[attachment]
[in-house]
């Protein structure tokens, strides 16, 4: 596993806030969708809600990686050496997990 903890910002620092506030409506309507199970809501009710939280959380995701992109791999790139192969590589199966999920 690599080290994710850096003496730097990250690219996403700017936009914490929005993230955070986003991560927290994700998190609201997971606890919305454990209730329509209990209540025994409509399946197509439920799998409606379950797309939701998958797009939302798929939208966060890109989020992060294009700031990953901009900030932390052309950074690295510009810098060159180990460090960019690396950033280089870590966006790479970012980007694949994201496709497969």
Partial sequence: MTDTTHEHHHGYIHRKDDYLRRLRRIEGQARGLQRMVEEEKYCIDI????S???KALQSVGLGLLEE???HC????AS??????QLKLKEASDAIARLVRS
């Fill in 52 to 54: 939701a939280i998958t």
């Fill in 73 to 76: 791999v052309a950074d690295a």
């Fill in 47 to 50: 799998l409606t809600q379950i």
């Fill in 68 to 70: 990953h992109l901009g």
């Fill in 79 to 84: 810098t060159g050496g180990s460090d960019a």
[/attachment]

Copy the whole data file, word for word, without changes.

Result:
[in-house]
């Protein structure tokens, strides 16, 4: 596993806030969708809600990686050496997990 903890910002620092506030409506309507199970809501009710939280959380995701992109791999790139192969590589199966999920 690599080290994710850096003496730097990250690219996403700017936009914490929005993230955070986003991560927290994700998190609201997971606890919305454990209730329509209990209540025994409509399946197509439920799998409606379950797309939701998958797009939302798929939208966060890109989020992060294009700031990953901009900030932390052309950074690295510009810098060159180990460090960019690396950033280089870590966006790479970012980007694949994201496709497969």
Partial sequence: MTDTTHEHHHGYIHRKDDYLRRLRRIEGQARGLQRMVEEEKYCIDI????S???KALQSVGLGLLEE???HC????AS??????QLKLKEASDAIARLVRS
């Fill in 52 to 54: 939701a939280i998958t």
């Fill in 73 to 76: 791999v052309a950074d690295a």
């Fill in 47 to 50: 799998l409606t809600q379950i």
């Fill in 68 to 70: 990953h992109l901009g």
């Fill in 79 to 84: 810098t060159g050496g180990s460090d960019a």